A new study, reviewing and pooling results from prior studies in prostate cancer screening, shows that screening men for prostate cancer does not increase life expectancy.
While the PSA test is effective at predicting which men may eventually get prostate cancer, it is ineffective in increasing life expectancy. This is because most men with a high PSA will not get prostate cancer in their lifetimes and will eventually die from something else. Many men, some of whom I have debated the value of a PSA test with, get a high PSA test result and live in fear of cancer for decades, even though prostate cancer never develops. Further, prostate cancer treatments, including surgery or radiation, can lead to incontinence and erectile dysfunction in about a third of patients. Unfortunately, some men get the treatments after a high PSA from fear of cancer which may never reach them in their lifetime. Other men get the treatments when they contract prostate cancer, even though this slow-growing tumor will not hurt them in their lifetimes. It is a case where the cure is sometimes worse than the cause.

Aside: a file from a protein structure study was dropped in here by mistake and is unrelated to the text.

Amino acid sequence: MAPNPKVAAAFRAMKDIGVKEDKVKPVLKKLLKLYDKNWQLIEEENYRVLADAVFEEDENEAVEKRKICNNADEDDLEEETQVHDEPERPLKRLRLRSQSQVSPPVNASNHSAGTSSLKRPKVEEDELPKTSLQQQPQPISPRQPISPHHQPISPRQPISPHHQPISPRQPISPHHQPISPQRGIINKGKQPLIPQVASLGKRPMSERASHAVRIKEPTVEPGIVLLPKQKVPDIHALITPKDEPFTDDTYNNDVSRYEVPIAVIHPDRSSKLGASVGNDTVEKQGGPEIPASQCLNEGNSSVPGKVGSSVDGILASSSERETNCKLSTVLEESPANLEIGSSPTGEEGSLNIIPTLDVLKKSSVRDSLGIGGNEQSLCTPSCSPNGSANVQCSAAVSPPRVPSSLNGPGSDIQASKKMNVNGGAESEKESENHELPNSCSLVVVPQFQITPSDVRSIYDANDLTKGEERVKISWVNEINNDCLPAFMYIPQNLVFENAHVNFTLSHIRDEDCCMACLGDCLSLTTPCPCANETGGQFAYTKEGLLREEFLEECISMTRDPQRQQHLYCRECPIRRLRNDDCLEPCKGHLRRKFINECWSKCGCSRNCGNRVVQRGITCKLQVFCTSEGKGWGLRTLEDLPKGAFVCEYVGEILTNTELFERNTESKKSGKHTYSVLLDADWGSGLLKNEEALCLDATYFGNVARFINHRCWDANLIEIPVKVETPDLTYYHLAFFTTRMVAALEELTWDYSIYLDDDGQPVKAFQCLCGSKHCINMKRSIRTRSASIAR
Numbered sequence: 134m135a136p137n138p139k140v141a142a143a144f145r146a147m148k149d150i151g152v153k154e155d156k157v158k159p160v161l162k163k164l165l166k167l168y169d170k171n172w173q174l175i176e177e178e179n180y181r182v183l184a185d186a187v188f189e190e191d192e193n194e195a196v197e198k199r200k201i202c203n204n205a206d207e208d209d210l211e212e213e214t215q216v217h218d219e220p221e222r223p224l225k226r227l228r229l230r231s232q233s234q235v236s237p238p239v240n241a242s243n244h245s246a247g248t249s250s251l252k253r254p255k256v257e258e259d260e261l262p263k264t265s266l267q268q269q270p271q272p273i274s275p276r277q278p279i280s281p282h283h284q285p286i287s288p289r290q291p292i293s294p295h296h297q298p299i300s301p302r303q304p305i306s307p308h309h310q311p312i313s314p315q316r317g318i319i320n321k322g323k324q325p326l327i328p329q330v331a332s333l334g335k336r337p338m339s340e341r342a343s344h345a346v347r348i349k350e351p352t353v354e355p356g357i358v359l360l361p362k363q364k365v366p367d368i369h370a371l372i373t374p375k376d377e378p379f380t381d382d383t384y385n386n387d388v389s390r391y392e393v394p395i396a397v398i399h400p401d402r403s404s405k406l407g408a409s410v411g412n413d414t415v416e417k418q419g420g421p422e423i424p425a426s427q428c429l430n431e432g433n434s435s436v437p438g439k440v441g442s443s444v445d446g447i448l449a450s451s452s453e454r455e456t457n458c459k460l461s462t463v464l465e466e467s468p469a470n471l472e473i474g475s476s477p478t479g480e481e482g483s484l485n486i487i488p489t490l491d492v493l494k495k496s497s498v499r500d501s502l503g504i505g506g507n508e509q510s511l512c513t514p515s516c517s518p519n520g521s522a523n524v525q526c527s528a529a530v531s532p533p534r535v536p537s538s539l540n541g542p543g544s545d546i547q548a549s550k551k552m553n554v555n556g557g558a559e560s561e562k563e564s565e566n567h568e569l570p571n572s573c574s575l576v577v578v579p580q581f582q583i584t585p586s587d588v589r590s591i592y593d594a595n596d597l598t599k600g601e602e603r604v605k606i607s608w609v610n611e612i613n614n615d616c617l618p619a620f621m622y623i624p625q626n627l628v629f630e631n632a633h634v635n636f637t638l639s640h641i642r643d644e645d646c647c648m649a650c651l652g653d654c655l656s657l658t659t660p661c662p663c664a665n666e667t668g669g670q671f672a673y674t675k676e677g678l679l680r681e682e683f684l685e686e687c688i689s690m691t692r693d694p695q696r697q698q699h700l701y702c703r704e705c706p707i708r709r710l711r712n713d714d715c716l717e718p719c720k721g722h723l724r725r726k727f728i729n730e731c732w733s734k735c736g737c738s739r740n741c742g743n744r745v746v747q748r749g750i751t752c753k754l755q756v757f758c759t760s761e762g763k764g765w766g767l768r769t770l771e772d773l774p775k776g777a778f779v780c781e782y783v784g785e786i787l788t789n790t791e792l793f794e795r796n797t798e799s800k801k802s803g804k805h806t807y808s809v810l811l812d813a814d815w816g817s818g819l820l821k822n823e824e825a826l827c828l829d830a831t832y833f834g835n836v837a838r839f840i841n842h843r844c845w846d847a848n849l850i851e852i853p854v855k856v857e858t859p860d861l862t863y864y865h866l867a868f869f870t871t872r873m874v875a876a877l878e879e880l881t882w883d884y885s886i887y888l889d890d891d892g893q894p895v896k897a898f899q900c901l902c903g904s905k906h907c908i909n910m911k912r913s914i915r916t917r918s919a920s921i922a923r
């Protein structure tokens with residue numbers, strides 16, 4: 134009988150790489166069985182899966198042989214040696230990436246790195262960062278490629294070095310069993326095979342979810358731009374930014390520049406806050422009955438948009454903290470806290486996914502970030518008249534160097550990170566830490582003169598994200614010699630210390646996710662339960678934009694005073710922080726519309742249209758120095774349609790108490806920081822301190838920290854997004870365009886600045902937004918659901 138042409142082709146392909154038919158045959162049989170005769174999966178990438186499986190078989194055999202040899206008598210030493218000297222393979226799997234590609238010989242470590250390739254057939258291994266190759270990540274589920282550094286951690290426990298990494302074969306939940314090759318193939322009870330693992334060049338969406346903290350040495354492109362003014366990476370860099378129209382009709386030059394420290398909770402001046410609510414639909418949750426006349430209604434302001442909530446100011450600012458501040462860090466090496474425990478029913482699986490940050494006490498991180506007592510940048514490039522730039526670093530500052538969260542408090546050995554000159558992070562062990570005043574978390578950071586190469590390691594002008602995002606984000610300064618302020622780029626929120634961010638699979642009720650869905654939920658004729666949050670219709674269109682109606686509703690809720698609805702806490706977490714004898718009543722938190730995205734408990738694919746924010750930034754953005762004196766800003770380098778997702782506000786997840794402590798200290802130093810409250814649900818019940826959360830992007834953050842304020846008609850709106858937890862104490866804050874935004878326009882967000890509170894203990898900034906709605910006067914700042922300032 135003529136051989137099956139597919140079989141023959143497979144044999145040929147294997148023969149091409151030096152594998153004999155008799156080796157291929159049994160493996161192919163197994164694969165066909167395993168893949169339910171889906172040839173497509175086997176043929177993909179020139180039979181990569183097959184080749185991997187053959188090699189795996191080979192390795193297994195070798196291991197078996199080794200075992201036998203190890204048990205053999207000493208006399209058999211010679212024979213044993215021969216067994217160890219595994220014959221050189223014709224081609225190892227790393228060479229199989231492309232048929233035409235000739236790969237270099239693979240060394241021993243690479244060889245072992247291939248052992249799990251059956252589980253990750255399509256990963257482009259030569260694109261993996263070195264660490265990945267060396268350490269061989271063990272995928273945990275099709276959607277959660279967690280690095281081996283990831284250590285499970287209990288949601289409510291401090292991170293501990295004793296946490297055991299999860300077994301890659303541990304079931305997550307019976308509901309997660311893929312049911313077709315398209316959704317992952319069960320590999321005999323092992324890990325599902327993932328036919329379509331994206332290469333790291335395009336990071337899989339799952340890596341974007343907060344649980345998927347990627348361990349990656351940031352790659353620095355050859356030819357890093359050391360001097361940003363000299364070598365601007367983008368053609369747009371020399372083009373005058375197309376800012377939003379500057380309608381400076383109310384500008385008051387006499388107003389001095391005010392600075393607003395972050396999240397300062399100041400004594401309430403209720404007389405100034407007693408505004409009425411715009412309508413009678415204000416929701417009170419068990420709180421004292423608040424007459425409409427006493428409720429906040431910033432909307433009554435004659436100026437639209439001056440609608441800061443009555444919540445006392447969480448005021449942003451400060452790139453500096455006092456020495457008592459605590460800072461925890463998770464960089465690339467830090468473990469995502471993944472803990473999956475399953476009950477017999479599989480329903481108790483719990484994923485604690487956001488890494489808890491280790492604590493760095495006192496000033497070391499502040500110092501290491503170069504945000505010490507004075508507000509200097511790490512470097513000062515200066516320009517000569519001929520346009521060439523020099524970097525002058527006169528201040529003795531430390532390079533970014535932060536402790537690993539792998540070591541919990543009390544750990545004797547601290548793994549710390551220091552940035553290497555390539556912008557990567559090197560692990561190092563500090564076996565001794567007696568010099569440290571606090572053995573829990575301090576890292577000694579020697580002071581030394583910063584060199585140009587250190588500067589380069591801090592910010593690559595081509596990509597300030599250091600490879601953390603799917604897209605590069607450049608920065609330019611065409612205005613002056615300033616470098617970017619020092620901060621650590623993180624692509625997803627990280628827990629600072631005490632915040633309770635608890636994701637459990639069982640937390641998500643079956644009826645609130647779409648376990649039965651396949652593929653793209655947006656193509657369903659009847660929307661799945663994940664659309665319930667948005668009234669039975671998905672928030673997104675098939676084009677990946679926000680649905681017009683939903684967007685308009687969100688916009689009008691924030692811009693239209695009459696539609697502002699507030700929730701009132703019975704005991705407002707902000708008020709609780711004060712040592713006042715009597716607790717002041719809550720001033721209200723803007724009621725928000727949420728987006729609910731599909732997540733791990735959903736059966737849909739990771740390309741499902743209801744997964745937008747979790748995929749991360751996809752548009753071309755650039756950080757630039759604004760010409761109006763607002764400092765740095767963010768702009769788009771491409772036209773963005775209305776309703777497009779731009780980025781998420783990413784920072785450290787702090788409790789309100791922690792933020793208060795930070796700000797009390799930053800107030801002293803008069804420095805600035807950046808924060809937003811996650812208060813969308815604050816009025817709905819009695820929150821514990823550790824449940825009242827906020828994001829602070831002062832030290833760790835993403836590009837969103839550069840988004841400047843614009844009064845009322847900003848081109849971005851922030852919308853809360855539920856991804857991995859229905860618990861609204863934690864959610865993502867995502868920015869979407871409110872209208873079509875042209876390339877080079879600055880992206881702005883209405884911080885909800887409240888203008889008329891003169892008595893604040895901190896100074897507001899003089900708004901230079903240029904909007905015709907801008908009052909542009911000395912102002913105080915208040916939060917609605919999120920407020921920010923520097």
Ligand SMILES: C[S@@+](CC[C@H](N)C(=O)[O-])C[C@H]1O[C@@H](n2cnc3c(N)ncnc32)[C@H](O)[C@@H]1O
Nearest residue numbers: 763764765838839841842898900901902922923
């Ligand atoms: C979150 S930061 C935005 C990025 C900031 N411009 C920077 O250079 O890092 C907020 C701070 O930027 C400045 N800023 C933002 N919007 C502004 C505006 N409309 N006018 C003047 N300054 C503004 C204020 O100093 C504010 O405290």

The study is part of an effort to streamline which medical tests are effective, not just in detecting disease or the potential for disease, but for actually increasing life expectancy and increasing quality of life. A similar effort was undertaken to critically and empirically view breast cancer screening. The breast cancer screening recommendations were met with a flurry of criticism. Hopefully, this recommendation will not meet the same result.